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What is tragedy? (response to a query)

Summary:
So what is tragedy? “A work is a tragedy, Aristotle tells us, only if it arouses pity and fear. Why does he single out these two passions?” That seems wrong to me. For one thing, it is overly subjectivist. Why start with the passions of the audience? What do they know? I think of a tragic story as embodying a few elements: 1. The downfall represents some kind of principle. 2. Some aspects of the downfall are, in advance, quite expected in the objective sense. 3. The actual story combines both inevitability and surprise in a somewhat contradictory manner. (I reintroduce the subjective ever so slightly here.) 4. The villain probably should have some sympathetic and/or charismatic qualities. 5. There should be a quite particular logic to how the actual events unfold, as they might be related

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So what is tragedy?

“A work is a tragedy, Aristotle tells us, only if it arouses pity and fear. Why does he single out these two passions?” That seems wrong to me. For one thing, it is overly subjectivist. Why start with the passions of the audience? What do they know?

I think of a tragic story as embodying a few elements:

1. The downfall represents some kind of principle.

2. Some aspects of the downfall are, in advance, quite expected in the objective sense.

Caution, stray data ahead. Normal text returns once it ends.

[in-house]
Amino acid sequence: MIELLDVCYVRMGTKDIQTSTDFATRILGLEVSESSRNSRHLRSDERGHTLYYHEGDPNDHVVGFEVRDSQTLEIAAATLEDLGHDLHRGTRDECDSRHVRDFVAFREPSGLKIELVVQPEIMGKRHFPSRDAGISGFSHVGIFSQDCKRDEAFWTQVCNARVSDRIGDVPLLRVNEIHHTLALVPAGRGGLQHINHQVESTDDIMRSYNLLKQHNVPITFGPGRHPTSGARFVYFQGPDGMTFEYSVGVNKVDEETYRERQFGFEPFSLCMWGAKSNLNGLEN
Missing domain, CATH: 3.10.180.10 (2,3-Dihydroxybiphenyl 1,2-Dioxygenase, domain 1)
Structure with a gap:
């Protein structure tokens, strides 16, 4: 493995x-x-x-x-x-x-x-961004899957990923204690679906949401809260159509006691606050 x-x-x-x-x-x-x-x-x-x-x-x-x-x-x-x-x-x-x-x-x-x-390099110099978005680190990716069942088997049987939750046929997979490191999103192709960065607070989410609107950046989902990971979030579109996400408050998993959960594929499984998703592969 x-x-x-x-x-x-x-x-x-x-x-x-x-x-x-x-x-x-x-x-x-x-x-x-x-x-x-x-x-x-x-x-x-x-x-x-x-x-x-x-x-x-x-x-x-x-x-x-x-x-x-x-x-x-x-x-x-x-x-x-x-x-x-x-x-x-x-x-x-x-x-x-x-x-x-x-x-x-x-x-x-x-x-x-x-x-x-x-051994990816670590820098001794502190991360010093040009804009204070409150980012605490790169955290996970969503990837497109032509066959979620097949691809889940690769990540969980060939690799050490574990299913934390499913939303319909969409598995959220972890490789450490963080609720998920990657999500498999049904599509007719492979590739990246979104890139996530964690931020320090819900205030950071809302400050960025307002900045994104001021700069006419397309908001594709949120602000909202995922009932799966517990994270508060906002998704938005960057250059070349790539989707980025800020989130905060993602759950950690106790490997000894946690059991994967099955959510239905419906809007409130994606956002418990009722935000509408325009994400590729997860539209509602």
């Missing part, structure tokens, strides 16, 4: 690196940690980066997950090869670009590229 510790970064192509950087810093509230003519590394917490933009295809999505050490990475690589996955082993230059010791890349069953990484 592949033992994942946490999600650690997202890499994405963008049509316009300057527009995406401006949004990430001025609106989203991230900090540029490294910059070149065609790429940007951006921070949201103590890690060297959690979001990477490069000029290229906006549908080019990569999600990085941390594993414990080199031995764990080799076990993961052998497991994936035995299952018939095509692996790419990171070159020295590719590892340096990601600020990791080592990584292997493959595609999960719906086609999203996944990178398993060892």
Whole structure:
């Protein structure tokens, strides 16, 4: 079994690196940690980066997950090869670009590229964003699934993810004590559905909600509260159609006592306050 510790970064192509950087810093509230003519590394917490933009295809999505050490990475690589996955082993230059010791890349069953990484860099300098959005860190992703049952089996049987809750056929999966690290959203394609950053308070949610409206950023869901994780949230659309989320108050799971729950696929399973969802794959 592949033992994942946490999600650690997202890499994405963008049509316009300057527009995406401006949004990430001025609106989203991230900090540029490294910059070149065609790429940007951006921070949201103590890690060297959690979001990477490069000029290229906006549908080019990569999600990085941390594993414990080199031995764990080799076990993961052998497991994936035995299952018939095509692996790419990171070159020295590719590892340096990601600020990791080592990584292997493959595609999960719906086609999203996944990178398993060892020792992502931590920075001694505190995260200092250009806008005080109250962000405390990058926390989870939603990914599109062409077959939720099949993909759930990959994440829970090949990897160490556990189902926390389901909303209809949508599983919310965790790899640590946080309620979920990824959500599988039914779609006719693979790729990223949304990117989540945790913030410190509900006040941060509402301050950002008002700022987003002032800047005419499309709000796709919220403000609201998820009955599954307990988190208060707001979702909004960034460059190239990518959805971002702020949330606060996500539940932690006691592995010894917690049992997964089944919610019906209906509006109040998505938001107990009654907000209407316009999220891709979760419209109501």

3. The actual story combines both inevitability and surprise in a somewhat contradictory manner. (I reintroduce the subjective ever so slightly here.)

4. The villain probably should have some sympathetic and/or charismatic qualities.

5. There should be a quite particular logic to how the actual events unfold, as they might be related to the above-mentioned principles in #1.

6. A confluence of aesthetic and metaphysical and personality-linked forces should “conspire” to bring about the final outcome. There should be a melding and a consilience to the evolution of the story.

Some near-perfect tragedies are Don Giovanni, The Empire Strikes Back, The Sopranos (evokes nostalgia in me rather than fear or pity), and King Lear, among other works of Shakespeare.  Don’t forget Homer, Melville, and the Bible.

Just stay away from Aristotle on this one.

The post What is tragedy? (response to a query) appeared first on Marginal REVOLUTION.

Tyler Cowen
Tyler Cowen is an American economist, academic, and writer. He occupies the Holbert C. Harris Chair of economics as a professor at George Mason University and is co-author, with Alex Tabarrok, of the popular economics blog Marginal Revolution. Cowen and Tabarrok have also ventured into online education by starting Marginal Revolution University. He currently writes the "Economic Scene" column for the New York Times, and he also writes for such publications as The New Republic, the Wall Street Journal, Forbes, Newsweek, and the Wilson Quarterly.

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